Behavioral Biases and Informational Inefficiency in an Agent-Based Financial Market

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Abstract

The role of competitive markets as efficient aggregators of decentralized information is a fundamental problem in economic theory. This paper studies the informational efficiency of a market with a single traded asset, in which agents expectation formation about future price has two kinds of deviations from rationality. First, traders have adaptive expectations, i.e. they give more importance to the past price than a rational agent. Second, the agents are subject to the confirmatory bias, i.e. they tend to discard new information that substantially differs from their priors. Taken separately, each deviation worsens the informational efficiency of the market; however, for some ranges of parameters, when the two biases are combined, they tend to mitigate each others effect (thus increasing the informational efficiency). We also study the robustness of the principal findings to alternative specifications concerning market participation, entry of new agents, and the amount of liquidity that agents hold.
Original languageEnglish
Publication statusPublished - 2011

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Financial markets
Behavioral biases
Agent-based
Inefficiency
Informational efficiency
Deviation
Discards
Adaptive expectations
Robustness
Market participation
Liquidity
Futures prices
Confirmation bias
Economic theory
Assets
Expectation formation
Rationality
Competitive market
Traders

Keywords

  • informational efficiency
  • confirmatory bias
  • asset pricing
  • agent-based models

Cite this

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title = "Behavioral Biases and Informational Inefficiency in an Agent-Based Financial Market",
abstract = "The role of competitive markets as efficient aggregators of decentralized information is a fundamental problem in economic theory. This paper studies the informational efficiency of a market with a single traded asset, in which agents expectation formation about future price has two kinds of deviations from rationality. First, traders have adaptive expectations, i.e. they give more importance to the past price than a rational agent. Second, the agents are subject to the confirmatory bias, i.e. they tend to discard new information that substantially differs from their priors. Taken separately, each deviation worsens the informational efficiency of the market; however, for some ranges of parameters, when the two biases are combined, they tend to mitigate each others effect (thus increasing the informational efficiency). We also study the robustness of the principal findings to alternative specifications concerning market participation, entry of new agents, and the amount of liquidity that agents hold.",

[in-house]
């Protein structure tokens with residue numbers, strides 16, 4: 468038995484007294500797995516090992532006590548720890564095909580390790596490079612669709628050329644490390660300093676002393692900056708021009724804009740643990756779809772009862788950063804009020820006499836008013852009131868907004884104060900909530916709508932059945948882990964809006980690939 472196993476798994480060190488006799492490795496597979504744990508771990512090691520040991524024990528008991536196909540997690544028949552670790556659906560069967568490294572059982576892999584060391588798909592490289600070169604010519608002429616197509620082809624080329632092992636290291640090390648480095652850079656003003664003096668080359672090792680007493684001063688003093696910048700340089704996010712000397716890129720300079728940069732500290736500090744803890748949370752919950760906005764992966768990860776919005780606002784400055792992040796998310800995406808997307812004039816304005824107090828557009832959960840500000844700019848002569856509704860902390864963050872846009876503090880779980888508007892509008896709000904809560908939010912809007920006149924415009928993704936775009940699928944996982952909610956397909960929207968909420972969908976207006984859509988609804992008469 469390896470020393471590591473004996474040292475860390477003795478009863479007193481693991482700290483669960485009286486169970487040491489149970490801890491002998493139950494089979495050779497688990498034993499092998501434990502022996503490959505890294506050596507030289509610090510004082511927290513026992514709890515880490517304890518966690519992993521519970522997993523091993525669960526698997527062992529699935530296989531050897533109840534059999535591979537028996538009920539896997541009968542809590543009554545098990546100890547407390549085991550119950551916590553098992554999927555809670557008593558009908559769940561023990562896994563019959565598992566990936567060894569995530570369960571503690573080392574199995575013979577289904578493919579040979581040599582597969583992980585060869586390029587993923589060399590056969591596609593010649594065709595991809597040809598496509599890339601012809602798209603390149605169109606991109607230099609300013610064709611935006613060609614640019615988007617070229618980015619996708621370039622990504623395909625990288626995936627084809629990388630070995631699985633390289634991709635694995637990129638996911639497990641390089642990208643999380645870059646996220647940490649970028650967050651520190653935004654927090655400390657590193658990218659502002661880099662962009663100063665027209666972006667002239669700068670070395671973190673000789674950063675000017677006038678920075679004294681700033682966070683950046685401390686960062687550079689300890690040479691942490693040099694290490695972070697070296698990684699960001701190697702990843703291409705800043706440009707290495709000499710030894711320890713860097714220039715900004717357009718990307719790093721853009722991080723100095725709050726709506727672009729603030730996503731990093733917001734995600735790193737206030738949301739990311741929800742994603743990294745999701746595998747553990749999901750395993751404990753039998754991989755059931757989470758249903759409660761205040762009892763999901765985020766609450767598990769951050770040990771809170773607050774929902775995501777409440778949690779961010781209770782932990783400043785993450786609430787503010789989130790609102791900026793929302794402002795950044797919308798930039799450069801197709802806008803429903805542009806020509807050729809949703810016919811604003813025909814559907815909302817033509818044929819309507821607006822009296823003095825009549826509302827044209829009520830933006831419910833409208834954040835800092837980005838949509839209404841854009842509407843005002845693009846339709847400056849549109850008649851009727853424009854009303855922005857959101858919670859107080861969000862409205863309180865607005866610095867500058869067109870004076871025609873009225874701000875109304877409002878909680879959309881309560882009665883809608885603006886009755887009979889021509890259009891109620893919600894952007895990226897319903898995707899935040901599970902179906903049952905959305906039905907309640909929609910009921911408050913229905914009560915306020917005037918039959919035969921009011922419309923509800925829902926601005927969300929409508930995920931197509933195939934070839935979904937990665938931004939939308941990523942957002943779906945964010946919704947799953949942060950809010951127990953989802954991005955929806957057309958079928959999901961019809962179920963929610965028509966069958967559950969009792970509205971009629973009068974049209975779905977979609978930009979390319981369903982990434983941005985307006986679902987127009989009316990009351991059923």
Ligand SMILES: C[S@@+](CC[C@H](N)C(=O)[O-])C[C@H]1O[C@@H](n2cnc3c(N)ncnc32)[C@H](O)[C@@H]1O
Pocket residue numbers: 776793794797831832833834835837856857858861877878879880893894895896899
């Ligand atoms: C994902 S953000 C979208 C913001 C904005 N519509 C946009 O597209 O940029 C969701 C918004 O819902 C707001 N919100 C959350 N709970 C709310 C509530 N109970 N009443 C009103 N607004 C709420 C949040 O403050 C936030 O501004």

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author = "Simone Righi and Timoteo Carletti and Gani Aldashev",
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AB - The role of competitive markets as efficient aggregators of decentralized information is a fundamental problem in economic theory. This paper studies the informational efficiency of a market with a single traded asset, in which agents expectation formation about future price has two kinds of deviations from rationality. First, traders have adaptive expectations, i.e. they give more importance to the past price than a rational agent. Second, the agents are subject to the confirmatory bias, i.e. they tend to discard new information that substantially differs from their priors. Taken separately, each deviation worsens the informational efficiency of the market; however, for some ranges of parameters, when the two biases are combined, they tend to mitigate each others effect (thus increasing the informational efficiency). We also study the robustness of the principal findings to alternative specifications concerning market participation, entry of new agents, and the amount of liquidity that agents hold.

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